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AMD’s Earnings Hurt by Amendments to a Supply Agreement


Nov. 1 2016, Updated 10:05 a.m. ET

What does the amended WSA mean to AMD?

In the previous part of the series, we saw that Advanced Micro Devices (AMD) reported profit on a non-GAAP (generally accepted accounting principles) basis in fiscal 3Q16. However, on a GAAP basis, the company’s losses widened due to a $340 million charge due to an amendment to the WSA (wafer supply agreement) with Global Foundries.

Under the new amendment, AMD would purchase a certain amount of silicon wafers for its CPUs (central processing units) and GPUs (graphics processing units) from Global Foundries. However, the quantity and the price weren’t disclosed. This is the sixth amendment to the WSA, making it an annual process. However, this amendment is for a five-year term.

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The WSA amendment is important for AMD’s Zen architecture. AMD can either choose to manufacture Zen chips with Global Foundries or give it to another pure play foundry such as Samsung (SSNLF) or TSMC (TSM). Rival Nvidia (NVDA) is already rumored to have shifted foundry from TSMC to Samsung for its next-generation Volta GPU.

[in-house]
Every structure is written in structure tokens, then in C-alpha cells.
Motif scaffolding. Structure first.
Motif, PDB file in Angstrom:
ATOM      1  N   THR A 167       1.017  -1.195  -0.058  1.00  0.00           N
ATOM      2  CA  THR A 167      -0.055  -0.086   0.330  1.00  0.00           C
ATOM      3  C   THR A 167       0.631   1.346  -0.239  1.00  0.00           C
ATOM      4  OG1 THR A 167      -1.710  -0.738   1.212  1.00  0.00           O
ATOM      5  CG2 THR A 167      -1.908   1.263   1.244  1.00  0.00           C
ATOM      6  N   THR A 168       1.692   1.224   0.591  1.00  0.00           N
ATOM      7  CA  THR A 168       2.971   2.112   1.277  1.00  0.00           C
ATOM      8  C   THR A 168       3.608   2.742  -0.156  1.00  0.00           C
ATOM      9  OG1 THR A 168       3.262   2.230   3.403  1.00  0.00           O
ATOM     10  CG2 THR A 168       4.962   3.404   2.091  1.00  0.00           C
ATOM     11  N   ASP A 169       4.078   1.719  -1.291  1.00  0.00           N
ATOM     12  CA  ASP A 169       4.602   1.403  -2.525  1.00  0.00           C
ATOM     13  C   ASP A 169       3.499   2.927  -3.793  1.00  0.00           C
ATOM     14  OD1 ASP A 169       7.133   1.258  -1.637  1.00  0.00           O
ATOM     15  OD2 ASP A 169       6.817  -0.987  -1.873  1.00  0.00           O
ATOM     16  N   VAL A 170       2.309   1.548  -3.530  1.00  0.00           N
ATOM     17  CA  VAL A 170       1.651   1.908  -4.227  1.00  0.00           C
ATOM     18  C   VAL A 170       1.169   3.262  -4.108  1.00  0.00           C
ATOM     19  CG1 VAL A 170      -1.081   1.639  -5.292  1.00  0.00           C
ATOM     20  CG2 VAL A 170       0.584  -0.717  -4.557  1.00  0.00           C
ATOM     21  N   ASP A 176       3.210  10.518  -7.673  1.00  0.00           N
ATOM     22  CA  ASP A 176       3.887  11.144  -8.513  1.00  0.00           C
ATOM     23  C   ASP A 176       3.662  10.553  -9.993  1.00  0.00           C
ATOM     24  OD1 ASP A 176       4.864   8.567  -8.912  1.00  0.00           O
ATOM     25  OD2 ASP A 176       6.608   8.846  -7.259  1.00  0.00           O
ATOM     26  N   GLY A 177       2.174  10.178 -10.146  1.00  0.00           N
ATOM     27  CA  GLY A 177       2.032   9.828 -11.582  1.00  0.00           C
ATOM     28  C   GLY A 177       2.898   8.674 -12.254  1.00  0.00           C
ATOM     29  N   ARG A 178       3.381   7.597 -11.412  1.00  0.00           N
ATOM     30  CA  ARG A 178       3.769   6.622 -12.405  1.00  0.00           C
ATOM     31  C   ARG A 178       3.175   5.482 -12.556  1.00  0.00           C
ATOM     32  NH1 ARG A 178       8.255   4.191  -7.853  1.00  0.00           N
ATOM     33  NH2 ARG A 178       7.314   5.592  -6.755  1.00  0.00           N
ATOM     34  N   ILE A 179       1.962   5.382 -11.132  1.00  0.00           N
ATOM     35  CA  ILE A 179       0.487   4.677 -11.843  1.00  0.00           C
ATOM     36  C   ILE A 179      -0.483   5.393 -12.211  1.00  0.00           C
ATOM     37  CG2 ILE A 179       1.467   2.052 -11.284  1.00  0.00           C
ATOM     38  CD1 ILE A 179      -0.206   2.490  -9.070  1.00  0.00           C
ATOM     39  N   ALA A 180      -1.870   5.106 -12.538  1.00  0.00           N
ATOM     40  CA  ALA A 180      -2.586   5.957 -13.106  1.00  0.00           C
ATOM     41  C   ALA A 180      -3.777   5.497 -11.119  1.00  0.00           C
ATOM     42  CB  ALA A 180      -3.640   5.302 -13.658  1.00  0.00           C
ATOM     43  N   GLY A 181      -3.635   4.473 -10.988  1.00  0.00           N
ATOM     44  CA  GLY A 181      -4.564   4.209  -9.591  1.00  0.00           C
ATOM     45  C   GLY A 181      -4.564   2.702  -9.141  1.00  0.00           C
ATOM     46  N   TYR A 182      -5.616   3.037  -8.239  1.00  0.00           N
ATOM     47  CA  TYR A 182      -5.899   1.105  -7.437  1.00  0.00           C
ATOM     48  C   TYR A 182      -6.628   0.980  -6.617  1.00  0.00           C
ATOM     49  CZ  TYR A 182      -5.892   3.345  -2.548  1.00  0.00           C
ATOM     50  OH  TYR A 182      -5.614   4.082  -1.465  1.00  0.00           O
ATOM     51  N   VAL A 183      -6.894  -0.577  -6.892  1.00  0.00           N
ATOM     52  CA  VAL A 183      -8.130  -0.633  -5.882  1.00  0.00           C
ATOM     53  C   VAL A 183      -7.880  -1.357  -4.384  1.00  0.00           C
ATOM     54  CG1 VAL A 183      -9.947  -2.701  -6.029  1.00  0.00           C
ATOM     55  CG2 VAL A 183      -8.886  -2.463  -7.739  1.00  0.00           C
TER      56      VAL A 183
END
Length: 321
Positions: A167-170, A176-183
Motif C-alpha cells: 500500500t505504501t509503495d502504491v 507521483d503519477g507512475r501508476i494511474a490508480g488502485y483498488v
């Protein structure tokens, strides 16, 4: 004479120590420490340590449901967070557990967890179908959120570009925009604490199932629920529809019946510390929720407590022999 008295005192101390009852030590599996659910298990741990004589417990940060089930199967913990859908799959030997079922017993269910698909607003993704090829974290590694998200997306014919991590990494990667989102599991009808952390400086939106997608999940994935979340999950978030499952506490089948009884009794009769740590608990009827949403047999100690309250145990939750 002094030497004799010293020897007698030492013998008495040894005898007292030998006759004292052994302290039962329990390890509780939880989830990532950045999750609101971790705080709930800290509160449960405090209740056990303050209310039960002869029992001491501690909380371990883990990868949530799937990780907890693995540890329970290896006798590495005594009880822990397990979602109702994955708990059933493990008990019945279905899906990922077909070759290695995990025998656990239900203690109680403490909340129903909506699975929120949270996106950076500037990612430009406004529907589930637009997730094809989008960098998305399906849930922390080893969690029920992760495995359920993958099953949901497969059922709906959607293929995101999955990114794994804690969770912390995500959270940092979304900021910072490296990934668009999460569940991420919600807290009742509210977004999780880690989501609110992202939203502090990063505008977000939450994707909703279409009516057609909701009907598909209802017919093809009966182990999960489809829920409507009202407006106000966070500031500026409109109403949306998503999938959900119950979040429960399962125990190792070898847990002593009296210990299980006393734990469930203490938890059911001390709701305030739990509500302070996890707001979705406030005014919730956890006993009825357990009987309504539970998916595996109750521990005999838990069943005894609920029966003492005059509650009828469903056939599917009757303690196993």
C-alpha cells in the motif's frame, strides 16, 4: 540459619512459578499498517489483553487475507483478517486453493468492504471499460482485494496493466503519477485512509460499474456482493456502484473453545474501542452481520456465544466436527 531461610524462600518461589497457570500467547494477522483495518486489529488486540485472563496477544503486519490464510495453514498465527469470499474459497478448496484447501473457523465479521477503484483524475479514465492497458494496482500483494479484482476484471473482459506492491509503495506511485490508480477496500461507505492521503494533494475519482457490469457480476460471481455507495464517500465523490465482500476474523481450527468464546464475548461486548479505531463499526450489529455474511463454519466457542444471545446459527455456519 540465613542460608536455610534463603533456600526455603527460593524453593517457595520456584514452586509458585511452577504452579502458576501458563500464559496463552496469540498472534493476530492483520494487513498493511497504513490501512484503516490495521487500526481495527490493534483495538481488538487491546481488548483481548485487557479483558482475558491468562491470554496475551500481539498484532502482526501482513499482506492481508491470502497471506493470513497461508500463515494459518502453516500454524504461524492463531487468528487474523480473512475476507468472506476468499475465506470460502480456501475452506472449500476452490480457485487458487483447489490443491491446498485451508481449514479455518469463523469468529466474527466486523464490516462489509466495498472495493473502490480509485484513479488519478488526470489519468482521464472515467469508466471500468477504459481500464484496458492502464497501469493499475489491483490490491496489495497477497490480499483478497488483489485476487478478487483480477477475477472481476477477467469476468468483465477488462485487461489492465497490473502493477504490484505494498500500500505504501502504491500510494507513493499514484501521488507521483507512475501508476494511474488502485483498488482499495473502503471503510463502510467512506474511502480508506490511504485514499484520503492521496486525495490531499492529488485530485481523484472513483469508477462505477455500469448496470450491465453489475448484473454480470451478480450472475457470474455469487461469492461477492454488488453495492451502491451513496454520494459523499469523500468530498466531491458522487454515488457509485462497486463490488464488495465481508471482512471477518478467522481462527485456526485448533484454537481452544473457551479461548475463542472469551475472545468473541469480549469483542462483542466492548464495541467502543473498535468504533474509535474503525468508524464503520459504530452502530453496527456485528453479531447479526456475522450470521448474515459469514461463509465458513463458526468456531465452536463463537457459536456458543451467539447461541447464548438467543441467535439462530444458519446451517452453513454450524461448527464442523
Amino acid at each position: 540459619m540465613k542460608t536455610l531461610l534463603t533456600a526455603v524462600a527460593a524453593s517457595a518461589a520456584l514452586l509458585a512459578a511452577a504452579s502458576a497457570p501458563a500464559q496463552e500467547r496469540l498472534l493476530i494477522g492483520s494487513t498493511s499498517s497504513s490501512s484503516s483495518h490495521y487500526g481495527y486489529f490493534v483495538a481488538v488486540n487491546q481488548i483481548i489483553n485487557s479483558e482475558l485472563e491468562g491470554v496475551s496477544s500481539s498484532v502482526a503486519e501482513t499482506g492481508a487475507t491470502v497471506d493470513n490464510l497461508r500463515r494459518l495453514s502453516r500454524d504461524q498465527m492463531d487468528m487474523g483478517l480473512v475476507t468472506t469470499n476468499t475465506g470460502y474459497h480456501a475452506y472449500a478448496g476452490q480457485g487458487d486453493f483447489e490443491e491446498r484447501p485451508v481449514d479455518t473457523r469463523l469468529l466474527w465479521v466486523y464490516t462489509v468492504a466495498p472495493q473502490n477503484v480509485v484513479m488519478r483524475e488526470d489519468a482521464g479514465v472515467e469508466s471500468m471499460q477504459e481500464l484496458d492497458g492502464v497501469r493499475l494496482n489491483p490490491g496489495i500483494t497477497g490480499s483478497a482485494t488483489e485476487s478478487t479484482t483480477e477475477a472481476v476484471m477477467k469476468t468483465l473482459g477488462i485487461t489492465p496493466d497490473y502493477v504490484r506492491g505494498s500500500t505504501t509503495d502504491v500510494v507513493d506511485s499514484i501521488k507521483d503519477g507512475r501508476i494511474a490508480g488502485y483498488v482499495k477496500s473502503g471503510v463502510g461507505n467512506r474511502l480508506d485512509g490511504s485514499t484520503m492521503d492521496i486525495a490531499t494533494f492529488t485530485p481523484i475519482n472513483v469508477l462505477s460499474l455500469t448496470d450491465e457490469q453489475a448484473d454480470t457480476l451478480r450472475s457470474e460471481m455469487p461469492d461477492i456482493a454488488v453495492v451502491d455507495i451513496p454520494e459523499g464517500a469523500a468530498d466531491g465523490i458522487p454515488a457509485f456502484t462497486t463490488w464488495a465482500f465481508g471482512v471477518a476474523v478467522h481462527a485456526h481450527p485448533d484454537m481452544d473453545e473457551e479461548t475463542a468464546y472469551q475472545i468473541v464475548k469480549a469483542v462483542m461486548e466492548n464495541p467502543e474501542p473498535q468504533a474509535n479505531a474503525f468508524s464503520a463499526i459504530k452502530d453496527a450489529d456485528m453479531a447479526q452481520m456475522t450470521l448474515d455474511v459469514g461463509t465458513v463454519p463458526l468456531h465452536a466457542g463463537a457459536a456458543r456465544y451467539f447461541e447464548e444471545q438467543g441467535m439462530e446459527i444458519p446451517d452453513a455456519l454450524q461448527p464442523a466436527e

WSA amendment expands gap between AMD’s GAAP and non-GAAP earnings

The GAAP results include non-recurring expenses, and AMD included the $340 million charge associated with the WSA under non-recurring expenses. This resulted in a GAAP net loss of $406 million in fiscal 3Q16, reversing the GAAP net income of $69 million reported in fiscal 2Q16.

Of the $340 million charge, about $240 million were non-cash expenses. They were stock purchase warrants issued to Mubadala. However, the remaining $100 million was a cash expense. If we consider this cash outflow in the non-GAAP earnings, AMD would have reported a net loss of $63 million in fiscal 3Q16, which is wider than the $40 million loss reported in fiscal 2Q16.

This means that AMD’s non-GAAP profits are a result of the different treatment of expenses in accounting. This expense would not affect AMD’s fiscal 4Q16 earnings. The company could return to GAAP and non-GAAP profits if its Zen processors turn out to be a success.

Next, we will look at AMD’s two business segments and understand what factors would drive growth in each segment.


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